After this, on August 1st, Bataille de Penne, notary of my said Lord Bishop, on the order of the said bishop and Inquisitors, came personally to the château des Allemans, and there cited precisely and peremptorily the said Jean to appear in person the following day, the second day of the above-mentioned month, in the cemetery of SaintJean de Pamiers, before the afore-mentioned bishop and Inquisitors, there to hear sentence on his confession in the matter of heresy before the said lords bishop and Inquisitors. The said Jean accepted this day purely and simply of his own free will, in the present of Garnot, the gaoler of the said château, of Esclarmonde, wife of Master Marc Rival and the wife of the said Garnot.

 

On the day affixed above, the said Jean appeared in the cemetery of Saint-JeanMartyr, as he had been ordered by the said Bataille and there the said lords bishop and Inquisitors proceeded to pronounce the sentence that follows: "Let all know, etc." (See this sentence in the Book of the Sentences of the Inquisition."

 

(The above mentioned citation and the sentence were both received by the said Bataille and inscribed in his notebook, because I, Guillaume Peyre-Barthe, notary delegated by My Lord the Bishop in all cases concerning the Catholic faith, could not assist because of a sickness from which I suffered at that time; I have nonetheless extracted that which precedes from the notes of the said Bataille and have written and placed them in the present book on the order of my said Lord Bishop."

 

And I, Rainaud Jabbaud,cleric of Toulouse, sworn in the matter of the Inquisition, have, on the order of My Lord the Bishop above-named, faithfully corrected these confessions against the original.)

 

 

 

Because Bernard Gui was present at the interrogation of August 2, 1321 the sentence of Jean appears in the Book of the Sentences of the Inquisition of Toulouse. This was published by Limborch in 1692.

Here is the full text:

 

"In the name of the Lord. Amen.

 

Since we Jacques, by the permission of God Bishop of Pamiers, and Brother B. Gui, and Brother Jean de Beaune,O.P, Inquisitors general in the realm of France and particularly in the region of Toulouse, Carcassonne and environs, as commissioned by the Apostolic See, have discovered the inquisitions held by the above-mentioned bishop and by the religious person Brother Gaillard, substitute for the said Brother Jean, Inquisitor in this country as elsewhere, we herewith relate the admissions, affirmations, and confession of Jean de Vienne, citizen of Vienne and of Huguette his wife (confession judiciarily repeated), and do declare:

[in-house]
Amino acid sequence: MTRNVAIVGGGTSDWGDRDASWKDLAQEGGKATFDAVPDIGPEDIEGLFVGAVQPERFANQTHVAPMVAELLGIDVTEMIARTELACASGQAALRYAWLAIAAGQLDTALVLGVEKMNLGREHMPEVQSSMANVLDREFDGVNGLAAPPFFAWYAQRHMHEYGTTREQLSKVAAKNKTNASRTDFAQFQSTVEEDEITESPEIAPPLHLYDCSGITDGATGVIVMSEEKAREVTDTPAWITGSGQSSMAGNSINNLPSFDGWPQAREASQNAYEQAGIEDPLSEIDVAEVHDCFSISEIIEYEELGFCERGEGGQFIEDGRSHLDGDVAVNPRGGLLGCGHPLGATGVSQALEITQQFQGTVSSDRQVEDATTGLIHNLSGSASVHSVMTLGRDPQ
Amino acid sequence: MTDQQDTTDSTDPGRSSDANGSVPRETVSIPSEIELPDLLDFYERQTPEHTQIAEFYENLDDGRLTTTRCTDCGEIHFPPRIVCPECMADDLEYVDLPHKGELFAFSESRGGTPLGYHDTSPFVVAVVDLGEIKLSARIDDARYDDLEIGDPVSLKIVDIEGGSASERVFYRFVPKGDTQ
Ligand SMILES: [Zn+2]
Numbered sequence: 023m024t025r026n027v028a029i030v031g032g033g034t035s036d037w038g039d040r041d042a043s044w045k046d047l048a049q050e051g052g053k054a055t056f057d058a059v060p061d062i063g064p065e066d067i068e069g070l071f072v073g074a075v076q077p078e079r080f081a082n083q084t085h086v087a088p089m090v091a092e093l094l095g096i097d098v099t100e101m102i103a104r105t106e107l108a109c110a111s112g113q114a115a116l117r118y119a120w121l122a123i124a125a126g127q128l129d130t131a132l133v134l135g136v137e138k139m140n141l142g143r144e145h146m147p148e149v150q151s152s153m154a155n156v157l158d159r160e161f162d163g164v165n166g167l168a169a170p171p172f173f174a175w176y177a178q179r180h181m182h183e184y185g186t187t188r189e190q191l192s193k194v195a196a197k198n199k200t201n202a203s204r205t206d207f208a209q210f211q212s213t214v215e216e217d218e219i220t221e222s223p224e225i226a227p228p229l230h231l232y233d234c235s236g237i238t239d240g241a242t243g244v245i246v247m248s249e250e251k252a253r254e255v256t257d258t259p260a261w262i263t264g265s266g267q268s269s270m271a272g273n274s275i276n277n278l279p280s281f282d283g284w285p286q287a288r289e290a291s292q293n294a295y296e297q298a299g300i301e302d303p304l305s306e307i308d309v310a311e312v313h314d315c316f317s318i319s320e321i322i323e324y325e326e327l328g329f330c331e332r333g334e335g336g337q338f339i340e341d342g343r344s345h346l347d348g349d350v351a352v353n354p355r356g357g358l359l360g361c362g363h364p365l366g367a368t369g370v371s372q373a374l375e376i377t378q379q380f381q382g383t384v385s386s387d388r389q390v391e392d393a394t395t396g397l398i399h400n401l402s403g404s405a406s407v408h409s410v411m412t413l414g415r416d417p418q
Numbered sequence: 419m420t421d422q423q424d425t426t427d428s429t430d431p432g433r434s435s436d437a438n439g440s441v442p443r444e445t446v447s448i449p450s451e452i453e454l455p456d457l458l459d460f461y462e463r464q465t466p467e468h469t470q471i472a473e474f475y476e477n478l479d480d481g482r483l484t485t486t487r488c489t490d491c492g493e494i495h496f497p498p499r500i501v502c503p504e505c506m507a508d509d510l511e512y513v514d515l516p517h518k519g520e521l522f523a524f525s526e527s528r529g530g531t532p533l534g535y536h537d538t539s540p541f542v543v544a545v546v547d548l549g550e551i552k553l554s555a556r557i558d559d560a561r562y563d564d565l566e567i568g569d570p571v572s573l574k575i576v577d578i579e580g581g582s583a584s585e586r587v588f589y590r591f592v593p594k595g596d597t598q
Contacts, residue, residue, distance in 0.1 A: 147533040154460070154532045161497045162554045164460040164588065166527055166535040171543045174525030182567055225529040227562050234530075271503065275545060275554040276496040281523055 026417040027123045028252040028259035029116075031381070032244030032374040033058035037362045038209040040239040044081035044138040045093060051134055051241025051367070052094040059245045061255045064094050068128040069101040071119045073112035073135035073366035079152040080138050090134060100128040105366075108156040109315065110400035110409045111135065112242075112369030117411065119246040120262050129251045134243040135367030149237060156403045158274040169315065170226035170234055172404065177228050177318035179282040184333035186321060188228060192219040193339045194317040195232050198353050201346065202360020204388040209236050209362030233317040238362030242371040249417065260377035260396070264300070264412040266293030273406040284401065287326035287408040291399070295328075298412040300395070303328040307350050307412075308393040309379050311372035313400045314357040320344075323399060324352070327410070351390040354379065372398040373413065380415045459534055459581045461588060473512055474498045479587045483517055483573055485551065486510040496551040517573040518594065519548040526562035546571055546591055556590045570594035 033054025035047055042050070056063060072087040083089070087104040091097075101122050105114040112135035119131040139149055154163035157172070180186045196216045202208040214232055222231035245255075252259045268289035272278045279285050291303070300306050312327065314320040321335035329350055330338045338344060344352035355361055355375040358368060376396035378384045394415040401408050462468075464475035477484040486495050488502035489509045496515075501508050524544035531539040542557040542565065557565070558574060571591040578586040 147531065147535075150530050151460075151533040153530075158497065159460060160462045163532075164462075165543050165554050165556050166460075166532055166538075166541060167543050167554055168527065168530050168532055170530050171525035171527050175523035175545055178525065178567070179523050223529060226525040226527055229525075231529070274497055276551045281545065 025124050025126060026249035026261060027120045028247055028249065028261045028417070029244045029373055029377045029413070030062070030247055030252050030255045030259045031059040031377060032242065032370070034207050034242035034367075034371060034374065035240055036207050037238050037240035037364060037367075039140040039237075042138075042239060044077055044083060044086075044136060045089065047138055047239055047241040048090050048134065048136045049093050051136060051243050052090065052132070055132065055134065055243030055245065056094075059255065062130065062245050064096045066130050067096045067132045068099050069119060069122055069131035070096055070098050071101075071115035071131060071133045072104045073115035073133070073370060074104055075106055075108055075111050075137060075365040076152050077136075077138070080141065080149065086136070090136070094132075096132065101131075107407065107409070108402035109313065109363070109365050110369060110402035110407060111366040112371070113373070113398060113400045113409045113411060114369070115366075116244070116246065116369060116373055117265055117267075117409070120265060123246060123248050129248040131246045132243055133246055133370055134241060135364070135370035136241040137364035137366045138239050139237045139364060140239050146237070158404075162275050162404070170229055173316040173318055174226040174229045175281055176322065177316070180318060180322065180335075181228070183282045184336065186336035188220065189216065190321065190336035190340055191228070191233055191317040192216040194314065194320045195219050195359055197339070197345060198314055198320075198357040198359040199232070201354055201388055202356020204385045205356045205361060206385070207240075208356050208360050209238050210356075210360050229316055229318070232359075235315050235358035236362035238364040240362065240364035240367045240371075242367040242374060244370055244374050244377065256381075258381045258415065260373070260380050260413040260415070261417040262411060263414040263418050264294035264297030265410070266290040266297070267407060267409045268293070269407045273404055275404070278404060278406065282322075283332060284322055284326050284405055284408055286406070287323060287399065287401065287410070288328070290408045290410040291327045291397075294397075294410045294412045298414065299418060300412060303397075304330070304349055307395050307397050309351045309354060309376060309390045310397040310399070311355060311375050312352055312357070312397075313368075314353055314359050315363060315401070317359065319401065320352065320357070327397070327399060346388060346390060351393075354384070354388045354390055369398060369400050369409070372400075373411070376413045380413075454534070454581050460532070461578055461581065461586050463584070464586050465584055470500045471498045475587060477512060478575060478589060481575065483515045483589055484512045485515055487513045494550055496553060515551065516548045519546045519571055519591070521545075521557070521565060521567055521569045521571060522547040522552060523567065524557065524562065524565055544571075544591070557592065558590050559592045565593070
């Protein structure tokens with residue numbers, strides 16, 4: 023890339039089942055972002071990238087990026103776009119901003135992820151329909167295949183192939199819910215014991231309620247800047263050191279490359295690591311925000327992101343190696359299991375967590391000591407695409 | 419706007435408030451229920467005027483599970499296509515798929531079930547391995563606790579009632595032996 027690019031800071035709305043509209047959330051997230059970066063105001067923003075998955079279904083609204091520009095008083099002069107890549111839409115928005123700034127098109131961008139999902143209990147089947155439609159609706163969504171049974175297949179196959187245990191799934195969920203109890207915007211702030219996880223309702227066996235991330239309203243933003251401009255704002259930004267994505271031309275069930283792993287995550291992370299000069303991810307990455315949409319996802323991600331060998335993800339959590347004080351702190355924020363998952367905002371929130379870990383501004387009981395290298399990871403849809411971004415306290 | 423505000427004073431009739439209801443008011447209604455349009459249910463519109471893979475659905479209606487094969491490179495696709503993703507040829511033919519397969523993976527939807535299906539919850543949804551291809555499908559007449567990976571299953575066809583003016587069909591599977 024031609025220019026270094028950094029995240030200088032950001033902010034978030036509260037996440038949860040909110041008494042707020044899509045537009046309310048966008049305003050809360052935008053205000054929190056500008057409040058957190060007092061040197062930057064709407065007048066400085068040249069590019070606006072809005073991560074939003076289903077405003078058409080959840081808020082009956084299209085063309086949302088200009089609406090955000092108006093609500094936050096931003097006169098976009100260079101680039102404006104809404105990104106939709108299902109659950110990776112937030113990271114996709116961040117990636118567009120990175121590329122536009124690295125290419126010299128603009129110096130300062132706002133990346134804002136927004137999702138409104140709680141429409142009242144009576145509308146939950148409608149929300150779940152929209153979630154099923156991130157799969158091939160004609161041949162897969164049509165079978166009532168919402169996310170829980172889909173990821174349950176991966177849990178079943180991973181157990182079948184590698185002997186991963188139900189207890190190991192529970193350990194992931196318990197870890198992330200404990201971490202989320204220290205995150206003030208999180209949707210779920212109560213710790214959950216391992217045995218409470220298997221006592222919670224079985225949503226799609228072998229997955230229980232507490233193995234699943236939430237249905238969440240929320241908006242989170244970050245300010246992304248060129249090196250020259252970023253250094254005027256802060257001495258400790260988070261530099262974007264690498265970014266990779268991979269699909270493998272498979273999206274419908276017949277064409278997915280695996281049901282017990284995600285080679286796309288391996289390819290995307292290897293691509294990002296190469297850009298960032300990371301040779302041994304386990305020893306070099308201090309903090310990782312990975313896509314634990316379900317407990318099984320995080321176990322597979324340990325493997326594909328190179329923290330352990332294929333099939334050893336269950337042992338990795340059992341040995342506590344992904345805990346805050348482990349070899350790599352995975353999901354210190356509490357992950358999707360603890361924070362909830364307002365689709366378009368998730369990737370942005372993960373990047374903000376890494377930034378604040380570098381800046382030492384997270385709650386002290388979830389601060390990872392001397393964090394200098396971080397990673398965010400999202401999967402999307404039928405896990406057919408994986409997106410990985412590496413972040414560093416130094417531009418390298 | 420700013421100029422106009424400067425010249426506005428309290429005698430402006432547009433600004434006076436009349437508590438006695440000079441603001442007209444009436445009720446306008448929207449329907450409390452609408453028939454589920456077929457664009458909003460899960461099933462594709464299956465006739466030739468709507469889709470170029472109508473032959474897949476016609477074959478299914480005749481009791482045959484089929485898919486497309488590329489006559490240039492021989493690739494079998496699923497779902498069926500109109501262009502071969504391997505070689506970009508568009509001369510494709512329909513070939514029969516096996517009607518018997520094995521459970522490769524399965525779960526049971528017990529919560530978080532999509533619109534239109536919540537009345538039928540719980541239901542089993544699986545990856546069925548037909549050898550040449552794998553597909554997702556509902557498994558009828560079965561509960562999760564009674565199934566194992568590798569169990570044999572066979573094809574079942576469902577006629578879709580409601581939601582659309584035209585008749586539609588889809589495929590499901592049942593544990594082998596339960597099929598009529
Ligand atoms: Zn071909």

- that the said Jean, being suspect of heresy of the sect of those that are called Vaudois or the Poor of Lyons was detained by us, bishop, and held in our prisons;

 

- that he was required by us, the above-mentioned bishop, to swear to tell the truth on the points concerning which we wished to inquire:

 

- that he refused to take an oath, advancing a fictitious cause for his refusal, to wit that in swearing once before he had fallen into epilepsy;

 

- that he did not wish to swear and would not swear, although asked to many times; that he added upon interrogation, that to swear even to tell the truth was a sin;

 

- that several months after he was first suspected of heresy, asked at that time to swear to tell the truth, he took an oath; that since he had said earlier that to take an oath was a sin, he was asked now to say why he had sworn at that time; that he did not wish to respond or account clearly for his faith;

 

Since he had arrived in the company of Raimond de la Côte, judged to be a declared heretic of the Vaudois sect; that, in this inquiry he was known to have seen the said Raimond in many places, to have spoken with him and frequented his company;

- that as a result, requested canonically and judiciarily with many repetitions, to tell the truth concerning the leader of the heresy of Waldoism (or the Poor of Lyons) he refused entirely to take an oath;

 

- that we, the above-mentioned bishop, signified and explicated to him the written law by virtue of which anyone who, suspect in his faith appearing in court and required to take an oath to tell the truth, refused to take the oath, must be condemned as a heretic; that he did not wish to take an oath of any kind; that he said on the contrary that he regretted having taken an oath earlier before us, the above-mentioned bishop and the Inquisitor of Carcassonne, saying that in swearing he had gravely sinned, and that he believed he would sin if he were to swear again; and that he did not wish to take any more oaths to tell the truth, even if required to do so in an affair of faith in court.

refusal to take an oath is sufficience cause for execution as a heretic

- Item, that he did not believe that the prayers, masses and other benefits that people do for the dead in the church are useful to them after this life;

 

Item, that he said that he had been of this belief for about twelve years;

 

Item, that although required under pain of the sentence of excommunication given in advance against him in the procedure, if he did not denounce those who had taught him this and his accomplices in his sect, he did not wish to denounce them in any manner;

 

Item, that he said he believed that this sentence of excommunication would not bring him to damnation;